Chris McGrath

Chris McGrath is Racing Correspondent for The Independent.

An opportunity went for a Burton when Vale rejected Hasselbaink

Any other type of port, left undisturbed in the dark for the past 40 years, would represent the most extravagant of Christmas presents. If its present owner is not careful, however, Port Vale Football Club may end up fetching only a bin-end price. For he has been making it sound as though there could be some pretty ghastly hangover issues.

Napravnik 'Girls' tipped for Shergar Cup success

Having been devised to dismantle barriers between nations, the Shergar Cup could now make a significant breakthrough in the one dividing the sexes. Admittedly the first team of female riders to contest the competition, a year ago, together finished last of four. After the draw for mounts was completed however, Ladbrokes gave Rosie Napravnik, Cathy Gannon and Lisa Allpress every chance of proving first among equals at Ascot on Saturday.

Trainers avoid charges in Sungate steroid case

Another chapter in the Turf's spring of scandal was closed by the British Horseracing Authority, which announced that no charges would be brought against trainers over the use of Sungate.

Glorious Goodwood: Brown Panther triumph leaves Michael Owen in the

Pre-season never used to be such a sweat. But then football seldom proved this exciting, even on the great days. And if Brown Panther's success here yesterday represented a valid sample of retirement, Michael Owen is hardly going to yearn long for those rainy Tuesdays in Stoke.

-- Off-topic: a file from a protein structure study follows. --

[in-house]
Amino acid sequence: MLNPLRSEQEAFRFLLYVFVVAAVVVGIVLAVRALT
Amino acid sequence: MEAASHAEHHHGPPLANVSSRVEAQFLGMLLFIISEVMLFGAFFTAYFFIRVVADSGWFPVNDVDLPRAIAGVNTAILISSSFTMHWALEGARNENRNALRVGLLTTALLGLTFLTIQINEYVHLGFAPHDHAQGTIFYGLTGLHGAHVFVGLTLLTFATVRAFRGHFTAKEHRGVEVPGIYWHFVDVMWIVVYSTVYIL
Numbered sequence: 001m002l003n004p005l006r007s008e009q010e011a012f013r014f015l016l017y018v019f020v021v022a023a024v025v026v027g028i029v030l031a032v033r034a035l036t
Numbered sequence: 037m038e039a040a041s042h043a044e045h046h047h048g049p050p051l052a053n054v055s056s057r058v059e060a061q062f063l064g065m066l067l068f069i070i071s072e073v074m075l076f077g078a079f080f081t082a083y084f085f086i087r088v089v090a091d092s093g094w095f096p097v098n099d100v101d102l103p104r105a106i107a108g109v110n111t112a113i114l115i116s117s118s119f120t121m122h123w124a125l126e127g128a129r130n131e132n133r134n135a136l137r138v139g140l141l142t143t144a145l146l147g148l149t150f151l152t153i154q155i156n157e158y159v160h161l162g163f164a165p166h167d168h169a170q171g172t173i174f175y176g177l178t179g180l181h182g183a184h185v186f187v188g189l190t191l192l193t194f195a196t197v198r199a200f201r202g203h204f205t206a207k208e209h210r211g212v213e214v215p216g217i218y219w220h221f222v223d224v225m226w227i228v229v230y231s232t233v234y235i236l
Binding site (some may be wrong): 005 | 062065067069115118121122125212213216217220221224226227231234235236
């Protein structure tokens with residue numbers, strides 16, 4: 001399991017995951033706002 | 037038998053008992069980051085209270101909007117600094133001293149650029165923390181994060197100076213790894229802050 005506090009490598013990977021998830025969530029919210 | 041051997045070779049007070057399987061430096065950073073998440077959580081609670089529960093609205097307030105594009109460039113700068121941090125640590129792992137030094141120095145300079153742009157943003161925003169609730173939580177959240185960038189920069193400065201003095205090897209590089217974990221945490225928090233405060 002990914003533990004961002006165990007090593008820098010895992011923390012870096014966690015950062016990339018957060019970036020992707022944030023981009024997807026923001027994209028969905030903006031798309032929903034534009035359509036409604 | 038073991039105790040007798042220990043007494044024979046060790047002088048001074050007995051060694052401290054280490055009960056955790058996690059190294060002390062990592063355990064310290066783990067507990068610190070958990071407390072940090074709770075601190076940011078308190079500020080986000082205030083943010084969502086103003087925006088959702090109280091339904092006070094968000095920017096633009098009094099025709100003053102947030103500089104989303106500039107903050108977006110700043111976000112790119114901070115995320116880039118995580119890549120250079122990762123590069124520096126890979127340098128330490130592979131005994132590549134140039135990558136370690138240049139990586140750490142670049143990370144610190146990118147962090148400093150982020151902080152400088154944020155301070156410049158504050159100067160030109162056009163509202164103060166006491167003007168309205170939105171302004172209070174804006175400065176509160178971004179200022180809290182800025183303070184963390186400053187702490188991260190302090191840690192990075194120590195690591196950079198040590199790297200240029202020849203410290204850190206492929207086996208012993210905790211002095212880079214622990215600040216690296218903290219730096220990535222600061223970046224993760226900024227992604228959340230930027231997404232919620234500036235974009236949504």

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Anjaal primed to go the extra furlong

Neither trainer nor jockey has been in his service as long as others who could testify gratefully to the fidelity of their patron, but both left the sunshine and flowers of the July Course with optimism that Anjaal could yet seal their growing roles at the centre of Sheikh Hamdan's racing empire.

Sir John Hawkins can turn up heat at July Festival

For anyone who has wondered quite how the British Turf continues to seduce investment from the Gulf, perhaps a day at the July Festival at Newmarket might prove every bit as instructive as one spent among the pomp and pageantry of Ascot or Epsom. At a time of year when their homelands seem most arid, the sheikhs find themselves driven through avenues of trees between green paddocks to a racecourse full of shade and flowers. And if the quality of the sport is mixed, with plenty of maidens and handicaps as ballast to the elite contests, then there will be a corresponding air of relaxation over the next three afternoons – not least granted the benign weather forecast.